China has developed a reputation as an authoritarian state that systematically disregards human rights. Adding to the list of potential human rights violations, a recent undercover investigation into one of China’s foremost hospitals questions the source of organs used to perform over 1,600 liver transplants.
Epoch Times, an international news organization in New York that focuses on human rights issues in China, conducted an exclusive report over Tianjin First Central Hospital’s well-known organ transplant practice. Based on the investigation, the researchers suspect that potentially tens of thousands of people may have been murdered so the hospital could harvest the organs and make a profit.
The report found that the organs could not have come from volunteer donors, since China just recently started its organ donation system. Consequently, the report concluded that the organs could only have come from executed prisoners.
“In Tianjin, that would be about 40 executions a year—a number derived from calculating the city’s population against the national death row total,” reads the report. “But at Tianjin First Central, the number of transplants is off the charts.”
Between the late 1990s and 2003, Dr. Shen Zhongyang, who is regarded as one of China’s most prominent surgeons, performed around 1,000 liver transplants at the hospital, according to a report published by the Tianjin municipal government. The report reads:
Official numbers from the hospital are scarce, but penetrating that secrecy makes clear that Tianjin First Central Hospital, one of the busiest and most acclaimed in the country, for years having enjoyed extensive official backing, transplanted many times more organs than a supply of executed prisoners could support. Moreover, it appears to have transplanted many times more organs than it says it did.
In a detailed study of its activities based on publicly available documents, Epoch Times found sufficient evidence to throw into great doubt, if not demolish entirely, the official narrative of organ sourcing in China. This is simply due to the number of transplants: they are far too high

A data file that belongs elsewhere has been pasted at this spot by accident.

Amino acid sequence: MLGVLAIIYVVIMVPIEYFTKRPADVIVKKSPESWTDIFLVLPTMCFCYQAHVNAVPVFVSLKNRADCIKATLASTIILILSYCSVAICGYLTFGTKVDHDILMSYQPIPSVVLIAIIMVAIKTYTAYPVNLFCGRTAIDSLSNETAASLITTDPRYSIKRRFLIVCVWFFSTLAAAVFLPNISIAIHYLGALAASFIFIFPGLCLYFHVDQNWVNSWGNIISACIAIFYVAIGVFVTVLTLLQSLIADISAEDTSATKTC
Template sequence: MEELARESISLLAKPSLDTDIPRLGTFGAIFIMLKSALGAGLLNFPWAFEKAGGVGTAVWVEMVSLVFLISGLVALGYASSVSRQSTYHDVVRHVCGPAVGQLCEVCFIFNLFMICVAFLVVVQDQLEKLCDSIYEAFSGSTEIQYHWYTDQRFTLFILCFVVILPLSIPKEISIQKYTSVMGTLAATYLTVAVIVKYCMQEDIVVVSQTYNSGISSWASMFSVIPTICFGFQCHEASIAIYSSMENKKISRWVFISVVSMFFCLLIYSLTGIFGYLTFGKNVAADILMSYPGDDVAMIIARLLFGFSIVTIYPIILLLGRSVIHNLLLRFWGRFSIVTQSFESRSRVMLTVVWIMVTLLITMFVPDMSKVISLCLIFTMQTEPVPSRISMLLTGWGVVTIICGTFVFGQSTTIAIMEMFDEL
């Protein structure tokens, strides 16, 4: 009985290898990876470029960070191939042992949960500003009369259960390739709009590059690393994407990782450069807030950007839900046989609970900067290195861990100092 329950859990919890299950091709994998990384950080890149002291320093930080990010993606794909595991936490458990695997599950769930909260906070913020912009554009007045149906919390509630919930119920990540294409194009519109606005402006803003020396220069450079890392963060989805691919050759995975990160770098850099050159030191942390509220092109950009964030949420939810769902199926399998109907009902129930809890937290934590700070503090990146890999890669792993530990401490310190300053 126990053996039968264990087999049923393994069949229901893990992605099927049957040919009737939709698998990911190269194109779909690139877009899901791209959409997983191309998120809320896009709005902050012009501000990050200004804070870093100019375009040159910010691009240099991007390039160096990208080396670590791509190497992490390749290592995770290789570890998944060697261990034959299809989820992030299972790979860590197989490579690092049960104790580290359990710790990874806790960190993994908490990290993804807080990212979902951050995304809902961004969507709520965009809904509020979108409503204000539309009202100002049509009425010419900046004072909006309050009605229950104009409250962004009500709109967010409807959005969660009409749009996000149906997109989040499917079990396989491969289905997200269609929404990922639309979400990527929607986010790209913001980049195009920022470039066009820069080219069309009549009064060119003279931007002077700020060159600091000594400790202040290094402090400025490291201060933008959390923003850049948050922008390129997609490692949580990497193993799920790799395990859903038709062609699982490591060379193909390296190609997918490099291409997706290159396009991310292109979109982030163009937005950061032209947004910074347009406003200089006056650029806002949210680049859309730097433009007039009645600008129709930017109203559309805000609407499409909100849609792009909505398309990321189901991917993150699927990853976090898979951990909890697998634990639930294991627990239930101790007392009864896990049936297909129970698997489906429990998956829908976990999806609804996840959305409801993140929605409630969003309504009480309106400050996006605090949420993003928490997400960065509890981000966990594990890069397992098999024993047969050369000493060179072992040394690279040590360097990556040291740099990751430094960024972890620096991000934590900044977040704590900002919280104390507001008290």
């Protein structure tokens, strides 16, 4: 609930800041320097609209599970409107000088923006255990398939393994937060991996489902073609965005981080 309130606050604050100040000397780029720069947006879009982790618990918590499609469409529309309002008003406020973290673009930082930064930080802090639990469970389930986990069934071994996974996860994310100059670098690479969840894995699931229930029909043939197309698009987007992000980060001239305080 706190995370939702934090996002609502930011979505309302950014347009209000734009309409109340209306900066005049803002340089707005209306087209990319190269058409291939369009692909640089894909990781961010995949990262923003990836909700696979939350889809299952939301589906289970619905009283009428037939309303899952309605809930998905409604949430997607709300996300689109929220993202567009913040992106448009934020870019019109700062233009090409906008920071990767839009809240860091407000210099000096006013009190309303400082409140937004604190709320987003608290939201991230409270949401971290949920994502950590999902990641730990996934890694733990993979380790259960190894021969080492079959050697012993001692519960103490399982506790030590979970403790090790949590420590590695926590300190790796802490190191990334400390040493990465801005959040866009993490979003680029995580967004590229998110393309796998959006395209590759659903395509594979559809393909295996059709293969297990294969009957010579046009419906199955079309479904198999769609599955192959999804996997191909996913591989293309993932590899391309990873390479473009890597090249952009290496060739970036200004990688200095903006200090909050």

This issue has largely been dodged by luminaries in the international medical community. But the circumstantial evidence bolstering the alternative explanation—organized mass murder of prisoners of conscience, using the tools of medicine, in the service of profit, by the world’s most populous nation—continues to grow, and with it frustration among doctors that nothing is being done.
Meanwhile, the number of transplants continued to rise. There were approximately 209 liver transplants in January 2002. By the end of 2003, that number grew to 1,000 transplants, according to a report in Enorth Netnews. No information was available about why these graphs stopped in 2003.
The report found that the organs may have come from Falun Gong prisoners in China. According to the 2014 book, “The Slaughter,” by Ethan Gutmann, China is killing members if religious affiliations, perhaps harvesting and selling their organs to make a profit.
Another disturbing feature of the investigation is that it discovered Dr. Shen’s methods “consisted with live or close-to-live harvesting from donors.”
The Chinese government invested large sums of money into organ transplantation. In December 2003, a local government body spent approximately $20 million to build a 17-story organ transplant building for the Tianjin hospital in wake of its rapidly budding organ transplant program, according to the report.
In addition, back in 2014, The Transplantation Society, a non-government organization (NGO) of the World Health Organization, issued a letter condemning China for using organs from executed prisoners, deeming the practice “unacceptable,” notes the report.
The investigations underscores China’s total discard of human rights, treating people as objects that can be slaughtered and sold for profit instead of as persons with intrinsic moral value.
Sources include:Submit a correction >>